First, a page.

As part of the remedy, all distributors and installers of these fire panels are being sent two technical bulletins. One provides instructions for how to implement a software change that will correct the verification feature. The second contains instructions for how to handle warnings from affected systems with 50 or more stations. Those who have not received the bulletins should contact Bosch.

No injuries have been reported due to the possible faults of these fire alarm systems. But the recall is being done to ensure that nobody who is inside a building that uses such a system suffers severe burns or smoke inhalation as a result of not being notified of a fire by the system.

To obtain instructions on how to download software to update the control panels or otherwise address the problems, contact Bosch Security Systems at (800) 289-0096 between 8:00 a.m. and 8:00 p.m. EST, or visit the "service and customer care" section on the Bosch website.

If you or someone you know suffers an injury such as third degree burns or smoke inhalation, you should call Kramer & Pollack LLP in Mineola, New York so that the personal injury attorneys in that firm can determine whether another party has legal liability for injuries suffered, and if the injured party has a strong legal case.

February 28, 2012

There's Danger of Fire or Severe Burns From Laptop Computers and Other Electronics

In late February, a man suffered third degree burns from an unusual incident involving an overheated laptop computer. His burns were so severe that he had to be airlifted to a top burn treatment center for further care, including skin graft procedures to replace badly burned skin.

The 31-year-old man suffered burns on 60 percent of his body. The cause of his injuries was a fire that started in the bedroom from an overheated laptop computer which was left on while he took a shower. The victim was injured because he made a careless decision: He placed his laptop computer on the mattress of his bed before going into the shower. Laptop computers get hot when they are on, and their cooling and ventilation areas are near the bottom of the unit. So laptops must always be placed on a hard surface so that they can take in air to cool them off. In this instance, the heat from the computer was trapped, and eventually set the mattress on fire.

When the victim realized that the mattress and the bed were on fire, he tried to put it out with the help of his wife. Unfortunately for him, in his attempt to extinguish the fire, he suffered severe burns on his hands, arms, and legs. The fire was finally extinguished by a team of firemen who rushed to the scene after receiving a distress call from someone outside the home.

The lesson here is that electronics devices--iPads, laptops, and even smartphones--give off lots of heat, so they must not be left on any surface that can burn. There have even been burn accidents where laptop users severely burned their legs by placing the laptop in their lap to use it! Sometimes these devices become overheated from a product defect such as a short circuit, and this product defect could result in an injury lawsuit against the manufacturer.

If you or someone you know suffers an injury such as third degree burns or smoke inhalation, you should call Kramer & Pollack LLP in Mineola, New York so that the personal injury attorneys in that firm can determine whether another party has legal liability for injuries suffered, and if the injured party has a strong legal case.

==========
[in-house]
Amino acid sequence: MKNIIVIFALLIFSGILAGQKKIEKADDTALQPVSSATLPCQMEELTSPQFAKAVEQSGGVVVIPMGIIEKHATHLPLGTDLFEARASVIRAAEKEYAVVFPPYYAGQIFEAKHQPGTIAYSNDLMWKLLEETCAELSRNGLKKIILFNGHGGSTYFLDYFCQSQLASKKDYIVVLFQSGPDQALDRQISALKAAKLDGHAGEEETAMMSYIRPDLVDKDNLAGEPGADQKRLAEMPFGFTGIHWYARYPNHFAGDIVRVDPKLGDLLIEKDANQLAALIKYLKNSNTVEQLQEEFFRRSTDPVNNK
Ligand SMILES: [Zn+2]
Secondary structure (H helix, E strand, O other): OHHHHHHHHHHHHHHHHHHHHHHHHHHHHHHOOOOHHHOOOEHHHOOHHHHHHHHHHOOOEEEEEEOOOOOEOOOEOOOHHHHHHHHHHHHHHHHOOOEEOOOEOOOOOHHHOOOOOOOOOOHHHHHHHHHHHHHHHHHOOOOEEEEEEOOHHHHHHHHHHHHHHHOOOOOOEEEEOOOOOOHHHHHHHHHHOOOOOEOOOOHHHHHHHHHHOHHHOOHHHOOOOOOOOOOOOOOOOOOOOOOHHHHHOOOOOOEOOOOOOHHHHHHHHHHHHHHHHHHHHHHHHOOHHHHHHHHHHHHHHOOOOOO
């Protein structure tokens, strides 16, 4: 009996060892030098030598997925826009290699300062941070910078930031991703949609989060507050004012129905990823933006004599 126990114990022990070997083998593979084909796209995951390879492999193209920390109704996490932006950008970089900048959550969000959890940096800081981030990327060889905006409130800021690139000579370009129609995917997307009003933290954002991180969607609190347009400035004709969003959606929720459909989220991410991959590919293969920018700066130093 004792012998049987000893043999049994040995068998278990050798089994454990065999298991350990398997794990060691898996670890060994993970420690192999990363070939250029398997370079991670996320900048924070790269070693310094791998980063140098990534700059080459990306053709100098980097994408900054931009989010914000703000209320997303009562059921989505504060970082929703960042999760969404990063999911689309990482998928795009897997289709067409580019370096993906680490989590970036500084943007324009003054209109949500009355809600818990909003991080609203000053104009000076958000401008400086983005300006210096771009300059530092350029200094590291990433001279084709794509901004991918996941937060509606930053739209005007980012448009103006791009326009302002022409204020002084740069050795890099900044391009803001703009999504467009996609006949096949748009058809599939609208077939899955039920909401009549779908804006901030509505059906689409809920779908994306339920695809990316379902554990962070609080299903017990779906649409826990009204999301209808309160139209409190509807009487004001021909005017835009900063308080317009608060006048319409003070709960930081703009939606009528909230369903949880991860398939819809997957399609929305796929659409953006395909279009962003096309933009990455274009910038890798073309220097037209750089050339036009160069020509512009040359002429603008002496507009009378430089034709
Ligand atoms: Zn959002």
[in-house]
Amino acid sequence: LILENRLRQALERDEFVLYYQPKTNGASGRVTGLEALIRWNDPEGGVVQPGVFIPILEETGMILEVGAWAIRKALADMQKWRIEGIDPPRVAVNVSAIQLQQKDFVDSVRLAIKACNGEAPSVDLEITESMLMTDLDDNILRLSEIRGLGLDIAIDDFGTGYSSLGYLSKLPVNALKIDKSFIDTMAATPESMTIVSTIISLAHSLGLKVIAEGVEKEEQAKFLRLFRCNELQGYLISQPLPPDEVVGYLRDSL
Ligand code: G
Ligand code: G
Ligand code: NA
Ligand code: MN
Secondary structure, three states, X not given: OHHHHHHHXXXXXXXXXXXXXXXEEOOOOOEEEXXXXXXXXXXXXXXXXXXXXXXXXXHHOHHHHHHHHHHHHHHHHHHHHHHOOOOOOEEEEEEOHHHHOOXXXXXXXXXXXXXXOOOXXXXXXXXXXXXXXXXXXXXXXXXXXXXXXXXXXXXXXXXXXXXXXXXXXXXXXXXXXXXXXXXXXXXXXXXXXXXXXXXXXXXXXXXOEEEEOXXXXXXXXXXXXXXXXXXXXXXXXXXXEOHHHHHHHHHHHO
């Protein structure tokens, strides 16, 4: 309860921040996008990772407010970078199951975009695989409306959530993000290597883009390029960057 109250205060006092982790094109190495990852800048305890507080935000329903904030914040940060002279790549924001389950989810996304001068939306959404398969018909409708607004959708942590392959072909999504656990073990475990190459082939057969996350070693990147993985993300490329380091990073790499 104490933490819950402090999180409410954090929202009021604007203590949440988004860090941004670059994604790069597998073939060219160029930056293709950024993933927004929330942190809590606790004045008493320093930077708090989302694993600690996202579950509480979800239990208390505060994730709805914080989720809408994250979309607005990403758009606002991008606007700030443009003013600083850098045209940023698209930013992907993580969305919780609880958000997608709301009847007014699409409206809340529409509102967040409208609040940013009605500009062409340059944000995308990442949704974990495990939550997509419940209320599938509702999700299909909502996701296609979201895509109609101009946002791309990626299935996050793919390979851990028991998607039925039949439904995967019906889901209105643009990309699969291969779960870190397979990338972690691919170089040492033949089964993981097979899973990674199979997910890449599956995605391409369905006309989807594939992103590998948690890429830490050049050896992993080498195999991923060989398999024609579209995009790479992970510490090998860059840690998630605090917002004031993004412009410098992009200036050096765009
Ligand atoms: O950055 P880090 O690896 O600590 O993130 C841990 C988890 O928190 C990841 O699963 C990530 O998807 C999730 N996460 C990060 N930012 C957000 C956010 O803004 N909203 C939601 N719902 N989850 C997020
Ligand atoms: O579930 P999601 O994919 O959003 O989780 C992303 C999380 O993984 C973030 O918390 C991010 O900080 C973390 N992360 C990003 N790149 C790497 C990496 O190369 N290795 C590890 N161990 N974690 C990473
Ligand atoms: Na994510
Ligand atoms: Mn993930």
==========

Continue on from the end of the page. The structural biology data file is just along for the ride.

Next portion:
February 9, 2012

A Wrong Decision to Extinguish a Fire Results in a Severe Burn Accident

In Knoxville, Tennessee last week, a fire in the middle of the night from a fireplace that was not properly monitored cause severe burns to a 23-year-old man. Apparently, the man tried to put out the spreading flames by stomping on the burning materials and by placing towels over the flames to smother them. As a result, the victim suffered second degree burns and third degree burns to his hands and feet. He was flown to the Vanderbilt Burn Center in Nashville for more advanced treatment. The victim might need a skin graft to fully heal his burn wounds.

A neighbor said that the man, who was alone in the house at the time of the fire, was using the fireplace to stay warm. "When fire crews got to the house, the victim was outside already," said the local fire chief. "He had apparently made an attempt to put the flames out before they got out of control. That's usually when you suffer burns to your hands and feet."

Firefighters attended to the victim, and started a defensive attack to keep the fire from spreading to houses next door. But the fire became so intense that a neighbor's home, including the roof and siding, was damaged by the heat. In addition to the victim's house being destroyed, there is now the possibility that the burn victim has legal liability for damages inflicted upon the adjacent house.

The victim told firefighters that he had started a fire in the fireplace in the late evening, before going to bed, and left the fire burning.

There are a few important lessons to learn from this incident:

First, it is very dangerous to leave a fire unattended! The same goes for candles and food that is cooking. You should NOT leave any room using fire or a flame for more than a few seconds.

Second, if a fire starts in your home, do NOT try to put it out yourself unless it is small AND only if you use a fire extinguisher. Getting close to a fire with your hands and feet is very dangerous, and even your clothes could catch fire, which can kill you before you can perform the "stop, drop and roll" procedure.